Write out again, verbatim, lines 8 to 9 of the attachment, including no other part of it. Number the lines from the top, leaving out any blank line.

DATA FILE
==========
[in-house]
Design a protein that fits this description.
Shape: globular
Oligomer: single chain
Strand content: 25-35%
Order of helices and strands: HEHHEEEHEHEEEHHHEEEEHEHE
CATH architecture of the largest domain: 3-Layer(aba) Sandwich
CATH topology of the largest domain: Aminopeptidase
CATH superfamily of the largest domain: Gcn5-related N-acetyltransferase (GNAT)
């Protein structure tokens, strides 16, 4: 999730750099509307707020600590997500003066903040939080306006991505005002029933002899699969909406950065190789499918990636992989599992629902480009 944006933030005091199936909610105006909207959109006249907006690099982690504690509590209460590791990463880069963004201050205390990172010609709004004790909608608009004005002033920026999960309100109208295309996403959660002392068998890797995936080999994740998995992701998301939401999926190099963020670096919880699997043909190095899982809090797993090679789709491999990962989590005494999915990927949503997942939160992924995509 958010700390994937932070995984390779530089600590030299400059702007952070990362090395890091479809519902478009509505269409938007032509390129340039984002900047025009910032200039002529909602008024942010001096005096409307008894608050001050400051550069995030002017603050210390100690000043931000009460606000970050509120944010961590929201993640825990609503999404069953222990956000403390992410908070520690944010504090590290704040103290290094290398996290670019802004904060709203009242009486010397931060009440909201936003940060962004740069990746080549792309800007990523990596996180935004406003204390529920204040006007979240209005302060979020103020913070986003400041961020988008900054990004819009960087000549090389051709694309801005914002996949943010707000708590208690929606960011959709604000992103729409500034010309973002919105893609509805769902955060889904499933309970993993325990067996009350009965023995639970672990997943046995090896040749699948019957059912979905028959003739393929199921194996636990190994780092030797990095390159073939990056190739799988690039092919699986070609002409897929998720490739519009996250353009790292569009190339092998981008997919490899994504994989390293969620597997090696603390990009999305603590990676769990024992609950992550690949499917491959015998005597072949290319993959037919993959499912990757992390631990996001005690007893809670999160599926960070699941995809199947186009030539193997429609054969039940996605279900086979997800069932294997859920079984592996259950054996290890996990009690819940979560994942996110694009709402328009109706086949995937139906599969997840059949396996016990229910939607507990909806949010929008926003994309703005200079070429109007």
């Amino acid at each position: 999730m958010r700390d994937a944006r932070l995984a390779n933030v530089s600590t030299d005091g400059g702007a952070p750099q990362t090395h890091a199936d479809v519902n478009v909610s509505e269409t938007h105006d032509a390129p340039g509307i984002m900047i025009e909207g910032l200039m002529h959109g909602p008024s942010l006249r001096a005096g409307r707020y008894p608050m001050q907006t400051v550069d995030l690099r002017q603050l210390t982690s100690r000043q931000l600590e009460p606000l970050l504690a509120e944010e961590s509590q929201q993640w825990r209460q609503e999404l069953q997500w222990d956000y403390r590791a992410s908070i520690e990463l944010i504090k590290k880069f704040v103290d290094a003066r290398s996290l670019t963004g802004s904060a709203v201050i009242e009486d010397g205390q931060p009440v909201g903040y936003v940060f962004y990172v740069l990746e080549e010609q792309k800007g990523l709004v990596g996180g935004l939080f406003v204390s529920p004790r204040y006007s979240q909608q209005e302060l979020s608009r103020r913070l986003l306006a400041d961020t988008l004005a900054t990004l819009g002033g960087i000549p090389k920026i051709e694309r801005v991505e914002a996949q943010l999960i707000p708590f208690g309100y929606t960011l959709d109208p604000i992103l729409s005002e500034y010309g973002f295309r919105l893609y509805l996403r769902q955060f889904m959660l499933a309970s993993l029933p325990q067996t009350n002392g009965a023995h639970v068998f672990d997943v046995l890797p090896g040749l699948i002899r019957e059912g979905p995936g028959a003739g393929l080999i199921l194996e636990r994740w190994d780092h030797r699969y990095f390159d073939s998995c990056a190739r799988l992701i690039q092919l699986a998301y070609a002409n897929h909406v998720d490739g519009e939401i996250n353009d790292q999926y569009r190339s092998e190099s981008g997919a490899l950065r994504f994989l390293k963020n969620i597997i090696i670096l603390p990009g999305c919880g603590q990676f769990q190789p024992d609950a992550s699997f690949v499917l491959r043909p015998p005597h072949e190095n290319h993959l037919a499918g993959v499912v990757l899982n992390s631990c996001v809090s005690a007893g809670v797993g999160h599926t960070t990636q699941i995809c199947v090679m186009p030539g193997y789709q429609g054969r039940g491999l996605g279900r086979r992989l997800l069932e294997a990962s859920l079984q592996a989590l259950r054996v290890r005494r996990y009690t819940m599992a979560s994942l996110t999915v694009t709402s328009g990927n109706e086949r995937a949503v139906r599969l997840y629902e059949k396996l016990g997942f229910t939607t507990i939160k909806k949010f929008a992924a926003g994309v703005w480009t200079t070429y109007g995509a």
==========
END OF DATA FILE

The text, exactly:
CATH topology of the largest domain: Aminopeptidase
CATH superfamily of the largest domain: Gcn5-related N-acetyltransferase (GNAT)